Following a two-week vigil in La Paz, frustrated lowland indigenous marchers have decided to return to their native communities. Some 1,500 marchers arrived in the nation’s capital on June 27, after a 62-day, 360-mile cross-country trek to protest the Bolivian government’s plan to build a highway through the Isiboro-Sécure Indigenous Territory and National Park (TIPNIS). The marchers are also protesting the government’s proposed consulta, or consultation process on the road, which they regard as illegitimate.
The protesters were welcomed warmly by the citizens of La Paz but treated with a combination of hostility and indifference by the government of indigenous president Evo Morales. The government refused to dialogue directly with the march leadership, which it has consistently sought to discredit, and barred the protesters from the Plaza Murillo where the seat of government is located. They were tear-gassed and sprayed with water cannons on two occasions. Government officials did meet and pact with several dissident march contingents , who agreed to abandon the protest in exchange for promised community benefits.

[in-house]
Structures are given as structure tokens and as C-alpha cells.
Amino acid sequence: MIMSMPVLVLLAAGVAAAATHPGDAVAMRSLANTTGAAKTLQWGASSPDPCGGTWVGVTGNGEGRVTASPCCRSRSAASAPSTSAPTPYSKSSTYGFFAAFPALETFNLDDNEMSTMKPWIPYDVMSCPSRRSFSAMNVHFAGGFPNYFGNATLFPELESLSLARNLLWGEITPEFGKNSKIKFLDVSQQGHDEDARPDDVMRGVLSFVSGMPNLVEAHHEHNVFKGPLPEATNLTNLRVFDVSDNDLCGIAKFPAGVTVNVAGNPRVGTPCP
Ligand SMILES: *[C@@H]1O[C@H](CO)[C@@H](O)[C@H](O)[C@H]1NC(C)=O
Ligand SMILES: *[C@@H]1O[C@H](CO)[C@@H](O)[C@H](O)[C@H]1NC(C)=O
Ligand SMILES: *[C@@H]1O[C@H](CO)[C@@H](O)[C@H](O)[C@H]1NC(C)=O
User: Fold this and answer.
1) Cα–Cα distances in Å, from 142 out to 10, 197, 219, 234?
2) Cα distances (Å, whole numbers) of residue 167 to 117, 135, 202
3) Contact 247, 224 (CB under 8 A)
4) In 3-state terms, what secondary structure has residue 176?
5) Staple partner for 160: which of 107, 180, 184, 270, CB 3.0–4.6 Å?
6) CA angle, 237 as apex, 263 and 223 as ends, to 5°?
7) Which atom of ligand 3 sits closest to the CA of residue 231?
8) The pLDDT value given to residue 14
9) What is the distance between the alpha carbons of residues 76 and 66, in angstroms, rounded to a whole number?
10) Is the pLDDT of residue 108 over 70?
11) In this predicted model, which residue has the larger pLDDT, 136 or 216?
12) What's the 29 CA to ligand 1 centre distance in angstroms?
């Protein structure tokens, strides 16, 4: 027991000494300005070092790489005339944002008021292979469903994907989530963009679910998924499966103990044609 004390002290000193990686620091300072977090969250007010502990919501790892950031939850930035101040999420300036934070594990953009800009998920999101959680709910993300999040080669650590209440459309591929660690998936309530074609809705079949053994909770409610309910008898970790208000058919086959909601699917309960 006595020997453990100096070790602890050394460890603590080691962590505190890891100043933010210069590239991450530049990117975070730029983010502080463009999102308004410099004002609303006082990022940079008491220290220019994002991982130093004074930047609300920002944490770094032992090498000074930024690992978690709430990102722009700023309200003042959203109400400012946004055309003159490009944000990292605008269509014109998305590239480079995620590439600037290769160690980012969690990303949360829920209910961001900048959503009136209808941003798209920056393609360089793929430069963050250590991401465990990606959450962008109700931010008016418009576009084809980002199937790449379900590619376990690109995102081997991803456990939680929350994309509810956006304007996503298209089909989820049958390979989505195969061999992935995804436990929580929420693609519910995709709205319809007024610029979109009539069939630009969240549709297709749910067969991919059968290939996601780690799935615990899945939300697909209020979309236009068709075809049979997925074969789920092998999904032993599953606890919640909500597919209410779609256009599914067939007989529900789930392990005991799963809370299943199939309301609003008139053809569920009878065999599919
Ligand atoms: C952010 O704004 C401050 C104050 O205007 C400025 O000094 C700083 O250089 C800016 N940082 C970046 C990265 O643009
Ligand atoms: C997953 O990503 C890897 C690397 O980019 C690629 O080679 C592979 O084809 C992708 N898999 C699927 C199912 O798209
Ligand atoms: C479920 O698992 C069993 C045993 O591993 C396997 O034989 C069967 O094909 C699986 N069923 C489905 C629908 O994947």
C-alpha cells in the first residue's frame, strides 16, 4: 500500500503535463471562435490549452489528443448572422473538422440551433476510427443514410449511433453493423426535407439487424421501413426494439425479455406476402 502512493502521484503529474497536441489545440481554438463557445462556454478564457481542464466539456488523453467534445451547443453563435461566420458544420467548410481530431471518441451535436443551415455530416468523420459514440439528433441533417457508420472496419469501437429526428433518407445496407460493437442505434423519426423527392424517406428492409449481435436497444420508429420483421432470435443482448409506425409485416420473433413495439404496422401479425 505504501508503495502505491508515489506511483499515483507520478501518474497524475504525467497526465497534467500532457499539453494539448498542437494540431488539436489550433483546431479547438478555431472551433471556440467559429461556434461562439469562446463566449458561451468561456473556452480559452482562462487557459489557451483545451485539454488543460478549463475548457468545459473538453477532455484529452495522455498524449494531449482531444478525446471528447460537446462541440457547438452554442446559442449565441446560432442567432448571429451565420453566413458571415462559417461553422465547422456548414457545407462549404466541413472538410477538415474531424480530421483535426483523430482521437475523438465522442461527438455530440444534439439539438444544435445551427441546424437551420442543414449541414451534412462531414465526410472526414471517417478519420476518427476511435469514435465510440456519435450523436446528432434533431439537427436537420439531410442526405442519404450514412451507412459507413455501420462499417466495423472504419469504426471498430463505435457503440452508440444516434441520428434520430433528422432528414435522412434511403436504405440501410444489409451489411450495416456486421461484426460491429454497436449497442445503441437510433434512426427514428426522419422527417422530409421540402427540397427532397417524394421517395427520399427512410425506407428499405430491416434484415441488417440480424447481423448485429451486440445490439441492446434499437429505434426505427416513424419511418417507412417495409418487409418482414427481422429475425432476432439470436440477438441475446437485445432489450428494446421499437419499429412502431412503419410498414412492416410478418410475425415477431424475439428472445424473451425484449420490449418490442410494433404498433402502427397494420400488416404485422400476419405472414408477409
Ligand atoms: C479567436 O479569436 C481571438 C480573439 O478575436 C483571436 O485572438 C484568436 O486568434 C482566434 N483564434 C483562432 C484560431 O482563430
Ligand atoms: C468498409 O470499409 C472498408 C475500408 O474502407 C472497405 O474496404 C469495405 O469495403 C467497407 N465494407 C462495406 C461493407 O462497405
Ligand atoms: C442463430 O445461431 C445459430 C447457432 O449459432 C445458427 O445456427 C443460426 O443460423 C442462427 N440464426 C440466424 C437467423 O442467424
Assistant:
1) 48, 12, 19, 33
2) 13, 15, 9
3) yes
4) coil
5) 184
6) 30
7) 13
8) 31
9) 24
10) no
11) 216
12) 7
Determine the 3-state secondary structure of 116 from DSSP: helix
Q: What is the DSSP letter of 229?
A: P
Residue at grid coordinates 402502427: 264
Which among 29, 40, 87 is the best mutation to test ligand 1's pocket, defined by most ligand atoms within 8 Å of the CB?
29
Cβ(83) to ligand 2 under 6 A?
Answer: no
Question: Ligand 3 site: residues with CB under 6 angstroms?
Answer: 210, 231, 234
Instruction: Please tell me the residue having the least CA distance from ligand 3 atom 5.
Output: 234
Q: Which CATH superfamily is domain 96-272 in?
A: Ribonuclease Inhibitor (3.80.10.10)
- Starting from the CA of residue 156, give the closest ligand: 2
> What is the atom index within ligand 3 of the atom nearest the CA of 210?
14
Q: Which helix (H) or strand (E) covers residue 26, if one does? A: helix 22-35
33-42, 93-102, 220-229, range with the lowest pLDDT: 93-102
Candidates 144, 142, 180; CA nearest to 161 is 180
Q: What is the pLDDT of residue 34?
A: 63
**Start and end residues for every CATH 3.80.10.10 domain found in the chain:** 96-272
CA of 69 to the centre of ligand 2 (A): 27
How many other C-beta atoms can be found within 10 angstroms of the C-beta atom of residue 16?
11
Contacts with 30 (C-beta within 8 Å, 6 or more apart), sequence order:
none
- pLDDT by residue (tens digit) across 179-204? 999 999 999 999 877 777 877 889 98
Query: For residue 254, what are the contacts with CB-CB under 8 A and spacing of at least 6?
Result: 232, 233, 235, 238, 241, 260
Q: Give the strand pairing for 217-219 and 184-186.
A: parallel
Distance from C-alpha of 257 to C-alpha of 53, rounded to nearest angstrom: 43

Plagued from the start by poor logistics and inadequate provisions, the march was further debilitated by La Paz’ harsh winter climate that took a special toll on women and some 300 children  who participated in the La Paz mobilization. On July 3, the Morales government signed an agreement  with 45 (out of 63) indigenous TIPNIS authorities in support of the consulta, which appeared to thoroughly marginalize the protesters. Then, on July 10, the leadership of CIDOB, the lowlands indigenous federation that sponsored the TIPNIS march—including its president Adolfo Chávez—was replaced  at a hastily-organized general assembly by a pro-consulta slate, an act that appeared to seal the fate of the TIPNIS protest.
For Interior Minister Carlos Romero, who described the march as a “failed mobilization  from the start,” the marchers’ return provides an opportunity for the government to begin a “real dialogue ” with the 63 indigenous TIPNIS communities through the consulta that is scheduled to begin July 29. But TIPNIS leaders have vowed to resist the consulta through a variety of tactics, including barring access by government teams to the rivers that traverse the territory.